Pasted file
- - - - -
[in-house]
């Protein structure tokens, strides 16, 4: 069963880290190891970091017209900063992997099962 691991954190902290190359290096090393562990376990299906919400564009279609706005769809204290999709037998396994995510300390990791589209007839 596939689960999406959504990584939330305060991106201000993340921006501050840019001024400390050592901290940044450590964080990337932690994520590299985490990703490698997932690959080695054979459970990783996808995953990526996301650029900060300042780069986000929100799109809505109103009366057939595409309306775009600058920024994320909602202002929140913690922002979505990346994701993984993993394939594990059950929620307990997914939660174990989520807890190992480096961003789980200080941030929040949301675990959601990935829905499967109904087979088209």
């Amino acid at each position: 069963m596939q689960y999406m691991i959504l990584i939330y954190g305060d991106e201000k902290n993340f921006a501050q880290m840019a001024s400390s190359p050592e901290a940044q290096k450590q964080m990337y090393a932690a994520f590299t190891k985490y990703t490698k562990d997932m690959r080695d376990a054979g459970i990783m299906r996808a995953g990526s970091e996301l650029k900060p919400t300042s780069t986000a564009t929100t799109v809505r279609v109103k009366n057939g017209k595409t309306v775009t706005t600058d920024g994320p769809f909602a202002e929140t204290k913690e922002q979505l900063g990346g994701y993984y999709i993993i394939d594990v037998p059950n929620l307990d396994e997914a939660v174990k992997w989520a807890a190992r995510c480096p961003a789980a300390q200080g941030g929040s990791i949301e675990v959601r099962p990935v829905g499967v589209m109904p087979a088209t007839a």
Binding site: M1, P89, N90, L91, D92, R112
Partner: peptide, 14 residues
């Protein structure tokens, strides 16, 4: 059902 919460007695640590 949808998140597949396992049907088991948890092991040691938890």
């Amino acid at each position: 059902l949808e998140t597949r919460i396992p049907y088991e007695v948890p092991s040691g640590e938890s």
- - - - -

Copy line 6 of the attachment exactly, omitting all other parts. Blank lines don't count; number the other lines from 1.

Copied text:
């Protein structure tokens, strides 16, 4: 059902 919460007695640590 949808998140597949396992049907088991948890092991040691938890």